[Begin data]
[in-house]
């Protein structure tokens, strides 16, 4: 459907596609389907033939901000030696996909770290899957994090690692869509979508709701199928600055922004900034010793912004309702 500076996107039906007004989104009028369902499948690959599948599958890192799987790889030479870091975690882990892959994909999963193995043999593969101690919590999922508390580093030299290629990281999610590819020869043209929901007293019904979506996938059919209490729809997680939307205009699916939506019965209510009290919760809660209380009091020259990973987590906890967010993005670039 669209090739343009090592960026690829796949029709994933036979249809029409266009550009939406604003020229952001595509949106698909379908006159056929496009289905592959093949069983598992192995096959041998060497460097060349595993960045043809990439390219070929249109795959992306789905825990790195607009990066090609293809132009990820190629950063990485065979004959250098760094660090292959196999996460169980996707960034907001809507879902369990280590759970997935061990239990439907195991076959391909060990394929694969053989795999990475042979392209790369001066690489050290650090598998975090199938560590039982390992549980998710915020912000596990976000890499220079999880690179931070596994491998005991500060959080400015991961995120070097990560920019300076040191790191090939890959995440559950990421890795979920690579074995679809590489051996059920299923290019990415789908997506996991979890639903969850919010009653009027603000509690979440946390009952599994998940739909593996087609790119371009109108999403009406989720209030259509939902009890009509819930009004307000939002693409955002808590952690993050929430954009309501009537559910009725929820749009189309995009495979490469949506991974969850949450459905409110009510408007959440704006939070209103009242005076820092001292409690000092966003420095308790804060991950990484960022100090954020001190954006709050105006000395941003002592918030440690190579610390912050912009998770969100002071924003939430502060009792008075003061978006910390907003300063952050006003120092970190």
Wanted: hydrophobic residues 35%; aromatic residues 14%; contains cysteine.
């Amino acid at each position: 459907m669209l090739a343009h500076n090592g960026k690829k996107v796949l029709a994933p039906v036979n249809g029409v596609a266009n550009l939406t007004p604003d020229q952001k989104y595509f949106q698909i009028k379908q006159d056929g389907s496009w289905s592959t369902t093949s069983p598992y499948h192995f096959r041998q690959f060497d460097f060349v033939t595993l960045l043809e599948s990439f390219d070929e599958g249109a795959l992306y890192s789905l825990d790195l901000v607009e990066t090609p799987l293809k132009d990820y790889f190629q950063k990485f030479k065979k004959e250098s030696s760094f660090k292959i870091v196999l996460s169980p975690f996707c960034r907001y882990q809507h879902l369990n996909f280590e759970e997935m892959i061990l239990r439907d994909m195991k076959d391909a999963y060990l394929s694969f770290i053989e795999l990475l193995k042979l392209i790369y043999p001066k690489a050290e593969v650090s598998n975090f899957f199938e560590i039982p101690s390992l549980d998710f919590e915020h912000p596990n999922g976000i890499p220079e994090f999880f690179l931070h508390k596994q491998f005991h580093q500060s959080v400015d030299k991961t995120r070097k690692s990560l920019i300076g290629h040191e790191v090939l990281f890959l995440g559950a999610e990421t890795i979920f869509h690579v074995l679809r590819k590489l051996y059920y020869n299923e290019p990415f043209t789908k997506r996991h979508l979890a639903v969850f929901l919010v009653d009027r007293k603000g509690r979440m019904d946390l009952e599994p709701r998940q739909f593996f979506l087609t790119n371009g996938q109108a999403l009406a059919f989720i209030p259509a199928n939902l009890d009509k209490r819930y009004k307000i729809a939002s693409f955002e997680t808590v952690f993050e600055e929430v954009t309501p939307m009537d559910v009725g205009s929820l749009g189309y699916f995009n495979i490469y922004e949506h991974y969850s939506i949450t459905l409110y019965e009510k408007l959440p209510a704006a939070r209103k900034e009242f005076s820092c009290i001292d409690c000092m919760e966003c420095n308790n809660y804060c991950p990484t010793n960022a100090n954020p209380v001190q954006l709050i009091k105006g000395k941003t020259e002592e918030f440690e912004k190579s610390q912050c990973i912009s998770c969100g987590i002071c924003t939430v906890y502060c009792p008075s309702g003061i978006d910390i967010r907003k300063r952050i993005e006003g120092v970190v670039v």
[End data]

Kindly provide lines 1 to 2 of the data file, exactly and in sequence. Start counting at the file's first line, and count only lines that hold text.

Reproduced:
[in-house]
């Protein structure tokens, strides 16, 4: 459907596609389907033939901000030696996909770290899957994090690692869509979508709701199928600055922004900034010793912004309702 500076996107039906007004989104009028369902499948690959599948599958890192799987790889030479870091975690882990892959994909999963193995043999593969101690919590999922508390580093030299290629990281999610590819020869043209929901007293019904979506996938059919209490729809997680939307205009699916939506019965209510009290919760809660209380009091020259990973987590906890967010993005670039 669209090739343009090592960026690829796949029709994933036979249809029409266009550009939406604003020229952001595509949106698909379908006159056929496009289905592959093949069983598992192995096959041998060497460097060349595993960045043809990439390219070929249109795959992306789905825990790195607009990066090609293809132009990820190629950063990485065979004959250098760094660090292959196999996460169980996707960034907001809507879902369990280590759970997935061990239990439907195991076959391909060990394929694969053989795999990475042979392209790369001066690489050290650090598998975090199938560590039982390992549980998710915020912000596990976000890499220079999880690179931070596994491998005991500060959080400015991961995120070097990560920019300076040191790191090939890959995440559950990421890795979920690579074995679809590489051996059920299923290019990415789908997506996991979890639903969850919010009653009027603000509690979440946390009952599994998940739909593996087609790119371009109108999403009406989720209030259509939902009890009509819930009004307000939002693409955002808590952690993050929430954009309501009537559910009725929820749009189309995009495979490469949506991974969850949450459905409110009510408007959440704006939070209103009242005076820092001292409690000092966003420095308790804060991950990484960022100090954020001190954006709050105006000395941003002592918030440690190579610390912050912009998770969100002071924003939430502060009792008075003061978006910390907003300063952050006003120092970190």